Can ovarian cysts cause other problems?

Ovarian cysts are usually “functional”, meaning they occur due to the normal ovulation process and will disappear by themselves. However, there may be complications such as the rupturing of the cysts, causing bleeding and abdominal pain. 

Sometimes, “pathological cysts” may form. There are several types, such as dermoid cysts which contain teeth, skin or hair tissues, or cystadenomas filled with liquid or mucus. Both types of cysts may require removal via surgery. However, the surgery likely does not affect fertility, except if the entire ovary is removed, which only happens in extremely rare cases where the cysts are large, complicated, or cancerous. Cancerous (malignant) cysts are very rare in young women. 

For larger ovarian cysts, there is a concern for twisting of the ovary, known as ovarian torsion. Ovarian torsion can lead to the loss of an ovary if not corrected in time through surgery. 

Can treatment for ovarian cysts affect my fertility? 

Whether treatment for ovarian cysts will affect fertility depends on the type of treatment itself. For benign cysts, there can be treatments such as hormonal birth control which prevent ovulation and lower the chances of getting more cysts. Hormonal birth control does not affect long-term fertility. 

Surgery may damage some healthy eggs. Complications in surgery, in rare cases, may require removal of the entire ovary, which can affect your fertility. Surgical treatment of endometriosis offers a long-term pain relief solution, but it may reduce ovarian reserve and hence fertility.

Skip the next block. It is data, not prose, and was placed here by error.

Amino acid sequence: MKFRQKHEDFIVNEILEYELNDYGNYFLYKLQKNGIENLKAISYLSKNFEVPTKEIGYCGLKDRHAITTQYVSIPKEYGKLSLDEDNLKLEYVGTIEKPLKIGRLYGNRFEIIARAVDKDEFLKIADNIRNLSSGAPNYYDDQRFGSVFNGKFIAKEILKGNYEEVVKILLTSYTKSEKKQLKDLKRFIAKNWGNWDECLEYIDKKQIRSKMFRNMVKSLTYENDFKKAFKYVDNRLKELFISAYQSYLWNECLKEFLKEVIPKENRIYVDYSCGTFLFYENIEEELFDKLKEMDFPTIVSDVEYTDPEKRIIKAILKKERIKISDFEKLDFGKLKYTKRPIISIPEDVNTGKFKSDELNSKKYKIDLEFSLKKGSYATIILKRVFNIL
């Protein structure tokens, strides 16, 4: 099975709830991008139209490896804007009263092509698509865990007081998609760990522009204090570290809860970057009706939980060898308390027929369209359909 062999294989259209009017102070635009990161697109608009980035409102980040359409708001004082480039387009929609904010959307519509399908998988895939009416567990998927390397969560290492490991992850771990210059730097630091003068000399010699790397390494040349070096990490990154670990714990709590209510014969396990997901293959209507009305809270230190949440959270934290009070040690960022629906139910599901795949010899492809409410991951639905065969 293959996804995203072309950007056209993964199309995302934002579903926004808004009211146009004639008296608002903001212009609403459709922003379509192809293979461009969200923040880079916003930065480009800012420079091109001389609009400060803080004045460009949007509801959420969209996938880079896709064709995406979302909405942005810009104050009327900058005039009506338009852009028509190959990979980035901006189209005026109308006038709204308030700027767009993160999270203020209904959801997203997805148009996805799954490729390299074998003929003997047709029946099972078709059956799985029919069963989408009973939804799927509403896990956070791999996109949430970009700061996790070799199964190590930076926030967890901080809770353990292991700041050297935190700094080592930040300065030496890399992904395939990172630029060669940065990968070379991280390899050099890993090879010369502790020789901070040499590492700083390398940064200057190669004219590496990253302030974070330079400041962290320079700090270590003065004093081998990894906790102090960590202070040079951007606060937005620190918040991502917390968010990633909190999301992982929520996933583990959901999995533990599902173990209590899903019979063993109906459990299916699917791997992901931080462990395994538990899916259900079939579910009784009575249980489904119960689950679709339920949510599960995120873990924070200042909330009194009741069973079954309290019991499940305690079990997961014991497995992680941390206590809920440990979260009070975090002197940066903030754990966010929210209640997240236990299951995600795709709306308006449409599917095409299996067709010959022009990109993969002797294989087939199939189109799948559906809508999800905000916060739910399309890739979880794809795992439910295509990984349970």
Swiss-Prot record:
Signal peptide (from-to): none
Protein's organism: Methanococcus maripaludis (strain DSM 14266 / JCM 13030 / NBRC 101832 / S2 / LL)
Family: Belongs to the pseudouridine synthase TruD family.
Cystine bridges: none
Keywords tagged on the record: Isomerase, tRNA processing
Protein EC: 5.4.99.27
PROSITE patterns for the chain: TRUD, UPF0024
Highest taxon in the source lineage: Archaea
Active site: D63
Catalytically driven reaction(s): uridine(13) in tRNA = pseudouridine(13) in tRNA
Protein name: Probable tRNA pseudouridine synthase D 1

Should I freeze my eggs if I have ovarian cysts?

Although ovarian cysts may not all lead to infertility, there are some cases where women would want to consider freezing their eggs. 

Women with endometriosis who are not planning to get pregnant yet could consider egg freezing. The abnormal endometrial tissue can cause scarring, inflammation, cysts, and organ damage such as damage to the ovary. If the ovary is damaged, it can mean that ovulation or egg production may be affected. 

Surgery also has risks of reducing fertility. Freezing eggs before your endometriosis progresses further or prior to surgery is a good way to ensure your chances of having a baby are preserved. 

Conclusion

Don’t be afraid of ovarian cysts – they are more common than you think and more often than not, they do not cause major problems to you or your fertility. If you have symptoms of PCOS or endometriosis, consult your doctor and they will advise you on the next step forward.

References

  1. How do ovarian cysts affect fertility? (n.d.). Retrieved August 6, 2021, from https://extendfertility.com/how-do-ovarian-cysts-affect-fertility/ 
  2. Do Ovarian Cysts Affect My Chances of Becoming Pregnant? | Ovarian Cysts & Fertility. (n.d.). Retrieved August 6, 2021, from https://www.londonwomenscentre.co.uk/info/news/ovarian-cysts-affect-chances-becoming-pregnant 
  3. Di Guardo, F., Shah, M., Cerana, M. C., Biondi, A., Karaman, E., Török, P., Yela, D. A., Giampaolino, P., Marín-Buck, A., & Laganà, A. S. (2019). Management of women affected by endometriosis: Are we stepping forward? In Journal of Endometriosis and Pelvic Pain Disorders (Vol. 11, Issue 2, pp. 77–84). SAGE Publications Sage UK: London, England. https://doi.org/10.1177/2284026519841520 

This article was written and medically reviewed by Dr Tan Poh Kok (PK Tan), a Senior Consultant Obstetrician and Gynaecologist at PK Women’s Specialist Clinic.